This deeply funny satire continues the story of Honest Angus McLintock, an amateur politician who dares to do the unthinkable: tell the truth.
Just when Daniel Addison thinks he can escape his job as a political aide, Angus McLintock, the no-hope candidate he helped into Parliament, throws icy cold water over his plans. Angus has just brought down the government with a deciding vote. Now the crusty Scot wants Daniel to manage his next campaign.
Soon Daniel is helping Angus fight an uphill battle against "Flamethrower" Fox, a Conservative notorious for his dirty tactics. Together they decide to take "The High Road" and--against all odds--turn the race into a nail-biter with hilarious ups and downs, cookie-throwing seniors, and even a Watergate-style break-in. But that's only the beginning. Add a political storm in the capital and a side-splitting visit from the U.S. President and his alcoholic wife, and Terry Fallis's second novel is a wildly entertaining read full of deft political satire and laugh-out-loud comedy.
TERRY FALLIS grew up in Toronto and earned an engineering degree from McMaster University. Drawn to politics at an early age, he worked for cabinet ministers at Queen's Park and in Ottawa. His first novel, The Best Laid Plans, began as a podcast, then was self-published, won the Stephen Leacock Medal for Humour, was re-published by McClelland & Stewart to great reviews, was crowned the 2011 winner of CBC's Canada Reads as "the essential Canadian novel of the decade," and became a CBC Television series. His next two novels, The High Road and Up and Down were finalists for the Leacock Medal, and in 2015, he won the prize a second time, for his fourth book, No Relation. A skilled public speaker, Terry Fallis is also co-founder of the public relations agency Thornley Fallis. He lives in Toronto with his wife and two sons, and blogs at www.terryfallis.com. Follow @TerryFallis on Twitter.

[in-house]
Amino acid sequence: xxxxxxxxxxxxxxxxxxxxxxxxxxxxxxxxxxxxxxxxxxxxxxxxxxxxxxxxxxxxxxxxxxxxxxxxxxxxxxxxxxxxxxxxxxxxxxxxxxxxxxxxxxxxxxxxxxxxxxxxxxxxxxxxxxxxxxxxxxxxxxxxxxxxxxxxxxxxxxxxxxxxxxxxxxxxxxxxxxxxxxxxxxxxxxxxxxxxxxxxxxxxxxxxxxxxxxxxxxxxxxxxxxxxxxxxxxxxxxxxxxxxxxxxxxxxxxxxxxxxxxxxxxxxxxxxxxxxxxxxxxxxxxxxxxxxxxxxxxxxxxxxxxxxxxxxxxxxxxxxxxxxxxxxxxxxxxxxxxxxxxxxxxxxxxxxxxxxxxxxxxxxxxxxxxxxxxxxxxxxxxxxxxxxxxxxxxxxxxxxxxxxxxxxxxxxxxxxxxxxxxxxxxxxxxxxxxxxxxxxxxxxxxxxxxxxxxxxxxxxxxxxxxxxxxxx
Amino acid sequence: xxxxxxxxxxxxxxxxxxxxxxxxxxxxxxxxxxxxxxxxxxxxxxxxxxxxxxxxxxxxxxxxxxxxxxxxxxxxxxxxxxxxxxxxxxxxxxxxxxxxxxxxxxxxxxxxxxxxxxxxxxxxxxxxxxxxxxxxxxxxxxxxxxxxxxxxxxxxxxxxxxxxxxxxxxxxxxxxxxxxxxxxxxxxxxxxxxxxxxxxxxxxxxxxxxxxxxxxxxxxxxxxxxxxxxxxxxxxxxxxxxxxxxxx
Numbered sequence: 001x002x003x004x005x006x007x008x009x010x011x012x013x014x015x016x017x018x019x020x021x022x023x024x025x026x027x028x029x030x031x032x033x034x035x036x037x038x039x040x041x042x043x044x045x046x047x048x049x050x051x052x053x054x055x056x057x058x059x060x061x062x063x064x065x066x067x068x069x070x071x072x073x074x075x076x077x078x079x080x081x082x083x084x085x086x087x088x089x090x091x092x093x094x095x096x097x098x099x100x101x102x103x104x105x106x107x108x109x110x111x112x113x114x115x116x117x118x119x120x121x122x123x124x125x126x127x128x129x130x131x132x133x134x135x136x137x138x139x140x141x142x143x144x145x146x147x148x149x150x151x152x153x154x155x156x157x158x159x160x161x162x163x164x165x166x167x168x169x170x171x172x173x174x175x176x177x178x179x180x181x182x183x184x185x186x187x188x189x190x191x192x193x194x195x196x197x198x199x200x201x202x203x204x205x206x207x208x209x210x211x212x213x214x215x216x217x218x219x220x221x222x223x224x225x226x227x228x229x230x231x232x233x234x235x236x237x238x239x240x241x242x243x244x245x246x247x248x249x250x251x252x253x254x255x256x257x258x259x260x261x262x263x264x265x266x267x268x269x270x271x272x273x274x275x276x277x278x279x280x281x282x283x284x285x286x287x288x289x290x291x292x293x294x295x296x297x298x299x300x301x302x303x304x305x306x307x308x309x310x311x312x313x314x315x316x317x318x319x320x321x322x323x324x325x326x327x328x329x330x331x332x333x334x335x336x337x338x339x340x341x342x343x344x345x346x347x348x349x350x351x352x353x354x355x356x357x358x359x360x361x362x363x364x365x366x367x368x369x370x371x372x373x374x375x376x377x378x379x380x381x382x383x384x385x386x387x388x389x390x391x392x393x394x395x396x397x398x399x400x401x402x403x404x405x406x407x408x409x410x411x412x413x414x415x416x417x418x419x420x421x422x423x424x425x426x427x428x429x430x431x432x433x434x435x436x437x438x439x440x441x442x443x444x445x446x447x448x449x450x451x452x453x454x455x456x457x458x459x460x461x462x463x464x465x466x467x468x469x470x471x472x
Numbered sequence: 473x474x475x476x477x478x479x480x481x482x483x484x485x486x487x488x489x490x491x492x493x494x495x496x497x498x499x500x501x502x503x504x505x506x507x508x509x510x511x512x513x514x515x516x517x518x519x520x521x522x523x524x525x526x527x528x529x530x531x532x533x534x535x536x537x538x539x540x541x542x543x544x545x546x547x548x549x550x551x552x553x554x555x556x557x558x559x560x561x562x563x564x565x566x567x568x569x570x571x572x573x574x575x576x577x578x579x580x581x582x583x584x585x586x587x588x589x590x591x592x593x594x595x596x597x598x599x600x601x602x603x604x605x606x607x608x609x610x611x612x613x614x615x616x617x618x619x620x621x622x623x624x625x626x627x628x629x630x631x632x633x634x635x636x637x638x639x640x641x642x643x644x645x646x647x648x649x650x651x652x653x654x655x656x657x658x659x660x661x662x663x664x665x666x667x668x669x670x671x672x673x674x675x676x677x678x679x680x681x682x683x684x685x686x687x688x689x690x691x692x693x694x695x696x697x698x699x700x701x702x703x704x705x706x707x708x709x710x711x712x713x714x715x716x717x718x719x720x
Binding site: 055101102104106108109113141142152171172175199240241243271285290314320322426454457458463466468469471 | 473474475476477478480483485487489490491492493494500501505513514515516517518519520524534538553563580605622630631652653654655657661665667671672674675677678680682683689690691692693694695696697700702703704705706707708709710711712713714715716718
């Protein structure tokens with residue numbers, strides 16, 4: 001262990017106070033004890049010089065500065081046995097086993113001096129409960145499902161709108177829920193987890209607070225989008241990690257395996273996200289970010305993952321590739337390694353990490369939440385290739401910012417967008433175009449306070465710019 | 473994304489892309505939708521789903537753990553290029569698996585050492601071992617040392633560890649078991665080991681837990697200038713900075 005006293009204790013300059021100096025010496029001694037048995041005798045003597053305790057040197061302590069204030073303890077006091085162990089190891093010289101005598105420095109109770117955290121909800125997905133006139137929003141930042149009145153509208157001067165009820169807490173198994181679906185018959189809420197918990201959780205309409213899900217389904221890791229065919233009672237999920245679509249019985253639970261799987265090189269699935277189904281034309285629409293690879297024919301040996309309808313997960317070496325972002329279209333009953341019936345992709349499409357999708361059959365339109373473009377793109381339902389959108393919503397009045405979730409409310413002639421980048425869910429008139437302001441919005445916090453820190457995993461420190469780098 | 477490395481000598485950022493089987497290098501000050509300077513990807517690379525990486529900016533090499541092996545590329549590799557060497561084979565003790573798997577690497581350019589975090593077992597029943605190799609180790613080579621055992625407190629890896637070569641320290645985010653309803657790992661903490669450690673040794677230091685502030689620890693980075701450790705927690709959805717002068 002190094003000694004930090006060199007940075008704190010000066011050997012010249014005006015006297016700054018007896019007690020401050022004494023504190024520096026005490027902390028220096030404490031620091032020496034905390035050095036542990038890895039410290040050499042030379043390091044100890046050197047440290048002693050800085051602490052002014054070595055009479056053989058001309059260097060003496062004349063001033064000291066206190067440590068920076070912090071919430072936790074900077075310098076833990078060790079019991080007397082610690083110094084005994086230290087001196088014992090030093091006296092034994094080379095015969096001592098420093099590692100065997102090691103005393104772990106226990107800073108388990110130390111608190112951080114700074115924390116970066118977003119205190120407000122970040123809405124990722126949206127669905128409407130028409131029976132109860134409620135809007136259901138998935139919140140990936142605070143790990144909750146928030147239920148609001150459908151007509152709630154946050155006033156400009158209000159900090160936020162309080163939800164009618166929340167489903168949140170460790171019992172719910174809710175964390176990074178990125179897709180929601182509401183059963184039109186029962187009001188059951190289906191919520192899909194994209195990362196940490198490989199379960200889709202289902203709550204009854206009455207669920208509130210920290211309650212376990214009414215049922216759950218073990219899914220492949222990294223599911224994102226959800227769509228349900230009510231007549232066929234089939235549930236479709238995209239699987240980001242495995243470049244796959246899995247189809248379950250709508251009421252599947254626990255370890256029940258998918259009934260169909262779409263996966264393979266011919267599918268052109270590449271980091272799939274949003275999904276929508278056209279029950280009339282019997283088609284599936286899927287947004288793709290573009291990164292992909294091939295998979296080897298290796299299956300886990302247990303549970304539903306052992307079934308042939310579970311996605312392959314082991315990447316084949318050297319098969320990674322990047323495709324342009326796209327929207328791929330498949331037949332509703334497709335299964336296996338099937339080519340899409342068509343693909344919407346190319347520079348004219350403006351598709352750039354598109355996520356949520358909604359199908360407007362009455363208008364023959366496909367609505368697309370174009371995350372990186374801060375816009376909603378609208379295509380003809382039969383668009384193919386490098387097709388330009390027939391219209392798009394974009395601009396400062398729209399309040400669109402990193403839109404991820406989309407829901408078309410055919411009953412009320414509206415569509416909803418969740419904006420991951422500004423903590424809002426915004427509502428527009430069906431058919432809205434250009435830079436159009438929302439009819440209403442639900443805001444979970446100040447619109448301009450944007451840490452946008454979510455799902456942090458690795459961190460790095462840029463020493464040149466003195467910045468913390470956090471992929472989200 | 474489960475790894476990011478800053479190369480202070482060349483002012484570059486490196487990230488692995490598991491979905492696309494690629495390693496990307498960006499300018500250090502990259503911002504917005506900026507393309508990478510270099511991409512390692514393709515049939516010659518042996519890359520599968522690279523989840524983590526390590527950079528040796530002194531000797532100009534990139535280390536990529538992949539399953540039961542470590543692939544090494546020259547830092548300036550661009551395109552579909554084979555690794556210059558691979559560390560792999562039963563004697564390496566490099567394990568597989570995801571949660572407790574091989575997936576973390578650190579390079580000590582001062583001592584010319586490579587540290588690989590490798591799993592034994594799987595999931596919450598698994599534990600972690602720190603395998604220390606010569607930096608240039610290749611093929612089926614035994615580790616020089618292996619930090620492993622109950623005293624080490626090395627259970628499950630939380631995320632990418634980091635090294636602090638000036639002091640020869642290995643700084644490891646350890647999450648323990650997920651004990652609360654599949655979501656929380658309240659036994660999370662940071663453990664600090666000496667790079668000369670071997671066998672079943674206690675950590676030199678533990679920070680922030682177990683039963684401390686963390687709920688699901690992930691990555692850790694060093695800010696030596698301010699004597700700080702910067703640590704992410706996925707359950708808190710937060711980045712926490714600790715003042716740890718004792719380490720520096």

Praise for The Best Laid Plans:
"Amusing, enlightening . . . it deftly explores the Machiavellian machinations of Ottawa's political culture." Globe and Mail
"Brisk and humorous." Ottawa Citizen
"A funny book that could only have been written by someone with firsthand knowledge of politics . . . including its occasionally absurd side." The Hon. Allan Rock, former Justice Minister and Canadian Ambassador to the United Nations
"Terry Fallis has found the cure for Canada's political malaise: a stubborn, old, irreverent Scotsman with nothing to lose." Tom Allen, CBC Radio host